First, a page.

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The Magdalene

Updated: Jun 26


She had watched him die. They had destroyed the man she loved more than life itself. After a mockery of a trial that was full of lies and false accusation, they had turned him over to the Romans who had beaten him mercilessly and then hung him on a cross to die a slow, excruciating death. She had been there. It was only the day before yesterday. Something in her died with Jesus on Friday.


All she wanted to do this morning was stay in bed curled up in a fetal position. She was devastated, heartbroken. She didn't want to move. She felt she might not ever move again. She certainly didn't think she would ever really feel alive again. But love can give you power to do the seemingly impossible.


Being a woman was hard enough. Being a Jewish woman living in Palestine was even more difficult. It was like being caught in the jaws of giant pincers – the Romans on one hand and the religious leaders on the other. The religious leaders pronounced tedious interpretations of the law that were considered binding. They made life difficult. It was why she was here at the tomb so early in the morning. She and the other women couldn't finish preparing the body of Jesus for burial because he had died so close to sundown, which marked the start of the Sabbath.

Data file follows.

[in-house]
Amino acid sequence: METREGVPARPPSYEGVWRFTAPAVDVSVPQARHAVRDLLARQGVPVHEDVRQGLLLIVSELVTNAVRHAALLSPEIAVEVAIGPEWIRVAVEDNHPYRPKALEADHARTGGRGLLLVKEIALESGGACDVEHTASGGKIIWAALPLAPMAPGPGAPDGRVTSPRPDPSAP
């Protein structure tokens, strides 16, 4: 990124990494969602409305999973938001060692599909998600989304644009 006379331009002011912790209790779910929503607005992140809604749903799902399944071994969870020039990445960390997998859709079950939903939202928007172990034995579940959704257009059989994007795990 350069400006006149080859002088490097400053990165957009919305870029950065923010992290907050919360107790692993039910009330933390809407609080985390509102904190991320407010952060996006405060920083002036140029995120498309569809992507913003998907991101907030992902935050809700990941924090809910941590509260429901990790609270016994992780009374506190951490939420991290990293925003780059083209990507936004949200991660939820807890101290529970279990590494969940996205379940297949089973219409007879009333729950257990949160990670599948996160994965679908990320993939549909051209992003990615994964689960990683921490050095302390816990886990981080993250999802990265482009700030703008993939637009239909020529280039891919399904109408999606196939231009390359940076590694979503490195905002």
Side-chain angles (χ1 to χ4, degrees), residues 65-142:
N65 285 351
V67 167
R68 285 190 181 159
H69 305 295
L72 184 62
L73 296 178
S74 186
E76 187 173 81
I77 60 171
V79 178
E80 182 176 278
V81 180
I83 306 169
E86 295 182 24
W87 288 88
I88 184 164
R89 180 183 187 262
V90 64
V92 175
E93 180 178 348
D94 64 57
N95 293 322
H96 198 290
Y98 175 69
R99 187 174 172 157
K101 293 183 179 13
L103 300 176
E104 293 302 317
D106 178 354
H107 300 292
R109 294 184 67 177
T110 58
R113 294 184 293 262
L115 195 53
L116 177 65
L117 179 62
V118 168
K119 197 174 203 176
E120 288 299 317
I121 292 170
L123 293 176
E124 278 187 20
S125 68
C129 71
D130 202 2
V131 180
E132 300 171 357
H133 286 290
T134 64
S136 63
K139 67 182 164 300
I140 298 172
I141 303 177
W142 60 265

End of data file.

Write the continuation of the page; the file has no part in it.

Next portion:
But the real lingering national pain was was the presence of the Romans in the Holy City of Jerusalem. Especially at this time of year. Jerusalem and its temple were the center of national life for the Jewish people. They had just celebrated the Passover, their nation's birthday feast. It was one of the three feasts each year wherein all the males descended from the patriarch Israel were to go to Jerusalem and worship the Lord their God. The Passover marked their freedom, when they were born so to speak, as a nation. It marked the night God crushed the stubbornness of Pharaoh's heart and brought his people out of slavery in Egypt with a mighty hand and outstretched arm. Passover was to celebrate their freedom. But there was no freedom now. The Romans occupied the city. Anything resembling trouble was crushed by overwhelming military might. That's why the Roman proconsul, Pontius Pilate, was in town. He came every year before the Feast to make sure things didn't get out of hand. The city was always so restless at this time of year.